Ask a Question
Notify Me On Question Update
Email this Question
I have ants all over my yard. I also have domestic cats and wild birds. Is there any organic or other non-toxic way to kill the ants without putting poison in my yard? If not, what is the most effective, least toxic substance I can use?
Rate This FAQ
There are some organic ant control products on the market, but I have not seen an evaluation of their effectiveness.
The best first step in ant control is to have the ant identified. If you collect a bunch of ants in a vial or jar with rubbing alcohol, they can be sent to the lab and I can identify them (go here: http://utahpests.usu.edu/uppdl/htm/forms for more information). If that is not an option, then we will have to work under the assumption that we are dealing with pavement ants. I have had a few people, including myself, collect ants that were all over their yard, around the house
foundation and in cracks in the concrete. In all cases they were pavement ants.
The best way to get rid of these ants is to use baits. Spraying ants with insecticides is not a very effective control. To kill ants you have to kill the queen. When myou use baits, the slow-acting insecticide in them allows the ants to carry it back to the nest where they feed it to other ants, immature ants, and hopefully the queen. The chemical in the products is slow acting, so it may be a while before you notice a significant impact.
Eliminating ants from your yard without repeat and continuous applications of insecticides (which I do NOT recommend) is unrealistic. You will have to live with some ants in your yard and around the house. You should target the areas where you spend the most of your time, and ones that invade your residence.
There are multiple formulations of ant baits: liquid, gel and granular. Since you have cats and birds, spreading granular baits around is probably not a good idea. You can find Maxforce baits (liquid and gel) at your local garden store or a place like Lowes. The bait stations are either covered or not. If they are not covered, then you might consider putting a wire cage around the baits to keep your pets away from them. Using both formulations is better than one, and remember that you want to use a sweet (sugary) bait (some ants like protein-rich baits instead of sweet ones).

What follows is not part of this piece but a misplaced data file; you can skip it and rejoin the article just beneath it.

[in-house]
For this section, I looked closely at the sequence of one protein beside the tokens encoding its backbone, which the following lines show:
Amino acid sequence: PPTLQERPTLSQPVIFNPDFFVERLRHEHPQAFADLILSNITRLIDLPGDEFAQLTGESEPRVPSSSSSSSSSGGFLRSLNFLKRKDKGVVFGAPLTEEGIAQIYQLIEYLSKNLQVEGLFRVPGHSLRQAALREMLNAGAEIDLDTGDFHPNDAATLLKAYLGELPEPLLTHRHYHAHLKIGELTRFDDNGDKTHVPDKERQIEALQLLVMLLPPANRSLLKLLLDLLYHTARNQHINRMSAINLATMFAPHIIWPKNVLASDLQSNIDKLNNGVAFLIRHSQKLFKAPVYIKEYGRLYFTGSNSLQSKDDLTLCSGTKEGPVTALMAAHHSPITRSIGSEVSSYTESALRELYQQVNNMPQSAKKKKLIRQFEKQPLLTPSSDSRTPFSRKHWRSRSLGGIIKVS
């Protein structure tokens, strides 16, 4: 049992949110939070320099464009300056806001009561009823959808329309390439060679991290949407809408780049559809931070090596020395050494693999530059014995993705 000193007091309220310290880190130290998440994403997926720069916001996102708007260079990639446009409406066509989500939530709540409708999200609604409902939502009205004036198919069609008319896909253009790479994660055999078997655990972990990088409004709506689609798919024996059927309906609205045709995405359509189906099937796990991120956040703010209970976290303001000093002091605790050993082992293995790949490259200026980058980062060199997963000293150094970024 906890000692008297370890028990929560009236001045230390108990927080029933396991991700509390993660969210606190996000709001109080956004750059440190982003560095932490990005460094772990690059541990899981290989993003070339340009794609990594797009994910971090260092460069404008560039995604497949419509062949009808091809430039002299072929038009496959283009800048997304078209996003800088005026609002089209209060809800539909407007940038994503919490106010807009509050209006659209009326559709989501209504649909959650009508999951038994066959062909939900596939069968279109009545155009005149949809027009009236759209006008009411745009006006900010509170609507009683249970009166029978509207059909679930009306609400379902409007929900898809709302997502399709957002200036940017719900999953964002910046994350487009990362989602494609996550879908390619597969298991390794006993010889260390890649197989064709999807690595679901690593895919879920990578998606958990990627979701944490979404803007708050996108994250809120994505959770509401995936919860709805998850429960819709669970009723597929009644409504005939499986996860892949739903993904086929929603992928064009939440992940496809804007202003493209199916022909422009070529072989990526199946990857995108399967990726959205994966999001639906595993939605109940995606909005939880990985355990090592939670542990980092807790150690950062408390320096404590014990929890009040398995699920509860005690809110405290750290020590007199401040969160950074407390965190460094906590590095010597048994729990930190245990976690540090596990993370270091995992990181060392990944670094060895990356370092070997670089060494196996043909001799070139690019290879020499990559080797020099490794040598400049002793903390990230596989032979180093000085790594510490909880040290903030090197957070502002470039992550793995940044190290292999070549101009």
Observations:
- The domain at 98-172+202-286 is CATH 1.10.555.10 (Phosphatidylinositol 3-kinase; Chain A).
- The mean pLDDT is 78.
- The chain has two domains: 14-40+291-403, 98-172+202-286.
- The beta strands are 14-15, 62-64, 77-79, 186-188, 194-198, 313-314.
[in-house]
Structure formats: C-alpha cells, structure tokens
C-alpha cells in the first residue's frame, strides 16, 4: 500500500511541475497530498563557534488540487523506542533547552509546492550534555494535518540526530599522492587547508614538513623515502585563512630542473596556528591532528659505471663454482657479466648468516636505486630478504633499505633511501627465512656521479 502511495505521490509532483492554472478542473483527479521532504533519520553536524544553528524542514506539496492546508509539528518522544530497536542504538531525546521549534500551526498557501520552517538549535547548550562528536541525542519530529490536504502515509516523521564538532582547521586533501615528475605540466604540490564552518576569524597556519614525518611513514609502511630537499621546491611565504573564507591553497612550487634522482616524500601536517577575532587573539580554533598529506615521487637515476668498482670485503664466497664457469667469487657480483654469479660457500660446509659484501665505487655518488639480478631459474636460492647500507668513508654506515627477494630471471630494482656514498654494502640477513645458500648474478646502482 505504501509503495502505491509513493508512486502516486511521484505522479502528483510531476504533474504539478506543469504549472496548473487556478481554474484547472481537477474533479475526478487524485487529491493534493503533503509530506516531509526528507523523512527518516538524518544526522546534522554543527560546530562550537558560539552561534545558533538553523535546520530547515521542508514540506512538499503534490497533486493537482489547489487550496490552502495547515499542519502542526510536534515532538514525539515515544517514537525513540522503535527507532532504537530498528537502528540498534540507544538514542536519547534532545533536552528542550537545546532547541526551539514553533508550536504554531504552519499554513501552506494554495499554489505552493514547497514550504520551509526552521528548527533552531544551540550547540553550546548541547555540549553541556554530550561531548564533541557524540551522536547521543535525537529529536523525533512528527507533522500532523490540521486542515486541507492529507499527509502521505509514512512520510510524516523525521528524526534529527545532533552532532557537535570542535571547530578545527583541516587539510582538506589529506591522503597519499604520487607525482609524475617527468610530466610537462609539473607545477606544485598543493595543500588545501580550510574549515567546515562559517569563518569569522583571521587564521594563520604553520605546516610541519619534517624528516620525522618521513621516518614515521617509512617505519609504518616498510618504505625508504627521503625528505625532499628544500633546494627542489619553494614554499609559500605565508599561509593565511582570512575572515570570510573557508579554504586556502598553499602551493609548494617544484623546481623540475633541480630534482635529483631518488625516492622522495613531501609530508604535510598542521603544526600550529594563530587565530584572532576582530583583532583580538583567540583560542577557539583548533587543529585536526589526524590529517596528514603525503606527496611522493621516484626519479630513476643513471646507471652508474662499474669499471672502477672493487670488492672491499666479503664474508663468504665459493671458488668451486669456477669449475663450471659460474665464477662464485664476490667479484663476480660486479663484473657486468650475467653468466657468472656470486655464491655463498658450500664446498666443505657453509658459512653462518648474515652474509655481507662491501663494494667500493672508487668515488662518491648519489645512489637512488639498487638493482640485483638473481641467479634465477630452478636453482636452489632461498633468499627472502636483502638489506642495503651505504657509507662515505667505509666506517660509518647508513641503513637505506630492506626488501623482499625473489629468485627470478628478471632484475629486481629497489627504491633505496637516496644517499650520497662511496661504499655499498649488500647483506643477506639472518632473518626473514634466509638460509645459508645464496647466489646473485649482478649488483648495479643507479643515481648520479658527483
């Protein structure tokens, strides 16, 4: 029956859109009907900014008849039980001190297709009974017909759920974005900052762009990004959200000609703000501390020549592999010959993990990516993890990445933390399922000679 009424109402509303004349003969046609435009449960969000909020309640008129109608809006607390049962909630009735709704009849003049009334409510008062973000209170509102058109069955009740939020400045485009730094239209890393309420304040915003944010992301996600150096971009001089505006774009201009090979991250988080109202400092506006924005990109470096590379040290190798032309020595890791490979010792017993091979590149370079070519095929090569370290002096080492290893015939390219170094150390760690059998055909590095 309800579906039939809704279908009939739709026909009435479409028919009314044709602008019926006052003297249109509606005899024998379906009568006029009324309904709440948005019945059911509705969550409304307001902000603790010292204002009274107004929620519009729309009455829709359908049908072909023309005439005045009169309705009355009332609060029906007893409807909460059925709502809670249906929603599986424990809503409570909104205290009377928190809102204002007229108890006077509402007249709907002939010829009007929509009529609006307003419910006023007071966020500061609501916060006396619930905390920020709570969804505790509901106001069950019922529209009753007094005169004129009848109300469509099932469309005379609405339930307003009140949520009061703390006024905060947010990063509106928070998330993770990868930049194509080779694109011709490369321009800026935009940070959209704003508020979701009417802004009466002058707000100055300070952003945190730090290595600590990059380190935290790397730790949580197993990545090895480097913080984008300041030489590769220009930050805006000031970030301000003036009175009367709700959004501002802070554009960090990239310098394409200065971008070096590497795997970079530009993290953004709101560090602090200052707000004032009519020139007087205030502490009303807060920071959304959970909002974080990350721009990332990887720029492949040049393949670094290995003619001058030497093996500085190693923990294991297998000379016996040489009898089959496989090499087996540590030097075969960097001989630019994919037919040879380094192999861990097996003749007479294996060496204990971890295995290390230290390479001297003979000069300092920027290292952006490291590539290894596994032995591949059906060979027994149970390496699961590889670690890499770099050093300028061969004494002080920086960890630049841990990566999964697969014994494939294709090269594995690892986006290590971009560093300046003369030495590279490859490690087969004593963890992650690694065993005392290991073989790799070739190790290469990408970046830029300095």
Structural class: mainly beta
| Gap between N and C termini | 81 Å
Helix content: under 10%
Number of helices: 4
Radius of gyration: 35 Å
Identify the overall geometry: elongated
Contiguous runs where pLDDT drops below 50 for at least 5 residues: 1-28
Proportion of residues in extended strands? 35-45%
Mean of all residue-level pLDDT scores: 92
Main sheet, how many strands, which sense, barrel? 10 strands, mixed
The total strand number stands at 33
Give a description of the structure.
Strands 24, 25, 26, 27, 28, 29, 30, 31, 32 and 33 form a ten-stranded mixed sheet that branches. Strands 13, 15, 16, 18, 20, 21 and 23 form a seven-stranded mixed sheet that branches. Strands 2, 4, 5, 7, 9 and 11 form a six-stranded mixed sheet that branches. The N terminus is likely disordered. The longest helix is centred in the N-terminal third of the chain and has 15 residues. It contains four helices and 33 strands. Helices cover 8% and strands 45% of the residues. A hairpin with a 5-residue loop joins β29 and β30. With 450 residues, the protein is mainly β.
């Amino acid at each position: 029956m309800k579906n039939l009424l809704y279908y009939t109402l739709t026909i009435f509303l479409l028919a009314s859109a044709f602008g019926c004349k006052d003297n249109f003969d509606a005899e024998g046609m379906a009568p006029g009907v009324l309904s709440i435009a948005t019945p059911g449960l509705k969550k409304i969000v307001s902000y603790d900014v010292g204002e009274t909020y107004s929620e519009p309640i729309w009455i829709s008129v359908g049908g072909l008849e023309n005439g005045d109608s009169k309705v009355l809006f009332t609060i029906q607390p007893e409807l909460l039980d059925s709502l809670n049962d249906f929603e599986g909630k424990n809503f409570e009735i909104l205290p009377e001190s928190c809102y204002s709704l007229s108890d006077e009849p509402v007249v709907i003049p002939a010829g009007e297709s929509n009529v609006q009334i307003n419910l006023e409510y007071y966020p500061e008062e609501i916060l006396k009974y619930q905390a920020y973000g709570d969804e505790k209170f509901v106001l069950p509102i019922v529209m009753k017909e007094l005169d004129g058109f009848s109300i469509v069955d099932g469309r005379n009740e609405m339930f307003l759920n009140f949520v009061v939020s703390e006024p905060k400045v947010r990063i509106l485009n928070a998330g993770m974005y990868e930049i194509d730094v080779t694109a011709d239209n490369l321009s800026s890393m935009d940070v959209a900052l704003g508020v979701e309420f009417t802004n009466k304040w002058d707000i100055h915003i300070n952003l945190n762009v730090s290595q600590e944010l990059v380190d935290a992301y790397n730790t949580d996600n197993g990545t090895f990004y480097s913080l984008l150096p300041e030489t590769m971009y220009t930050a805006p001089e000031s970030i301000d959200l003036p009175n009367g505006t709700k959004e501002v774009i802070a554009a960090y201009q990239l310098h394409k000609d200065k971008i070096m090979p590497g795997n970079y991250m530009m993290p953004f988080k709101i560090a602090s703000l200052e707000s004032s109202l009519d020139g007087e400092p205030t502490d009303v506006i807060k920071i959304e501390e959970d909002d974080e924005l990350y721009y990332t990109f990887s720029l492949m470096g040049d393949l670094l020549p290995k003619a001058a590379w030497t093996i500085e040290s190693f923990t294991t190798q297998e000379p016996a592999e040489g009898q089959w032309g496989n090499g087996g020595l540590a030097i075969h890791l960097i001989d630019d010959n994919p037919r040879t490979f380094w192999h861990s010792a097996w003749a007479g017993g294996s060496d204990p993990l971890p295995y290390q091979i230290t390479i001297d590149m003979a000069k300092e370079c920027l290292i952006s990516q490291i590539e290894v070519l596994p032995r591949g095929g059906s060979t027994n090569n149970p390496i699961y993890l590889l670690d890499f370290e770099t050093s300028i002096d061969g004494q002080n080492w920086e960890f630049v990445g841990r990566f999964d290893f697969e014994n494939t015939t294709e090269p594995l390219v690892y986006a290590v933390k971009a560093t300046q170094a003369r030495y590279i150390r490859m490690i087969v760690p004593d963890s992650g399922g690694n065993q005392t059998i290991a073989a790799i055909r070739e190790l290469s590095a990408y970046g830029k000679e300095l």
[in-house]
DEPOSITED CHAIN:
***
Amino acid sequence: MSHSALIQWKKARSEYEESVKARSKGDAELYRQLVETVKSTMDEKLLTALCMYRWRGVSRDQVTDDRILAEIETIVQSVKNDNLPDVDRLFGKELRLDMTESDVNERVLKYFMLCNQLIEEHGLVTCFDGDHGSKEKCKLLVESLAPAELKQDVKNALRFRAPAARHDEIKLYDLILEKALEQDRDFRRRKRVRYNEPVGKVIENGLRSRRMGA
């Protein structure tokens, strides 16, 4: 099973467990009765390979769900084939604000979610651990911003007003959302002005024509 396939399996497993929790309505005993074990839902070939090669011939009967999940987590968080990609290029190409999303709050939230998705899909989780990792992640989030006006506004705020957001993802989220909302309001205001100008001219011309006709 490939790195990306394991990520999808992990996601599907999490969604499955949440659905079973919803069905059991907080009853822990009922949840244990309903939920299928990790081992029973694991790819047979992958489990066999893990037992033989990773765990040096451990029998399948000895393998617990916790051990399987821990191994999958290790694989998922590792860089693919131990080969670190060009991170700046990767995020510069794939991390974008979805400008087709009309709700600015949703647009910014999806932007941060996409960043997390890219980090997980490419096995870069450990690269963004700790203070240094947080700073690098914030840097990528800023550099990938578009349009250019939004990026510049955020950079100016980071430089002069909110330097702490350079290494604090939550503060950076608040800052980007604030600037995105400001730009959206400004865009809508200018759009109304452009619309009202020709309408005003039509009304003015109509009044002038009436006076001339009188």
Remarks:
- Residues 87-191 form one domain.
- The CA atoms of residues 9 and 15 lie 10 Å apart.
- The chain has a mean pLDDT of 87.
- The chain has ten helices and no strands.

Let me know if you need more information, and I'd be happy to help.
Submit Your Suggestion
Other Questions In This Topic
- I've lived in Spanish Fork all my life and have never seen a beetle like this before...and they're suddenly all over our yard! The adults are about 1/3" long. They are either yellow-green or blue-green on their backs, with a small band of light tan (almost white) all the way around the outside edge. They don't fly. We find them usually running across the driveway and I've found a few in the flower gardens as I'm weeding.
- I have a big problem with a little pest in my house. I would call them fruit flies, but they don't hang around fruit. They mostly bug me as I sit here at this computer, and often times in the bathroom by the mirror. How can I get rid of these tiny flies?
- When do spray for the cotteling moths, Apple worms?
- We have flying, black bugs with orange/red spots by the eyes. They are all over our year old peach trees. Do you have any idea what they could be and how we can get rid of them?
- I had some trouble with Squash Bugs attacking my Spagetti Squash. Now my plants looks as if it may have Cucurbit Yellow Vine Disease (CYVD). Should I try to deteremine if its really CYVD and if it is, what do I need to do?
- Is there any evidence of free run chickens significantly controlling flies from horse manure? I have neighbors who rely solely on a single hen and rooster to control flies for their two horses in a paddock, not a pasture. No other form of control is used. While chickens may, in fact control insects, I suspect the only real way to control insects (particularly flies) is to routinely (daily or weekly) police the manure and dispose of it. Is there any literature on the subject?
- I have spider mites on my IIiamna rivularis. It looks like I also have spider mites on my Mirabilis jalapa. I don't remember of having any problems with growing Mirabilis jalapa before. They have always been an easy plant for me to raise. I have read the article on spider mites and I am wondering if I should just let them go or buy an insecticide like Bayer Advanced 3 in 1 Insect, Disease and Mite control. The spider mites are taking over my yard.
- I am interested in beekeeping, and am currently reading several books on the subject. All of the books have said, "contact your local extension office to find out about apiary organizations and to register your hives." I've looked all over your site and can't find anything on this subject for Washington County. Where can I find information on apiary organizations in this area?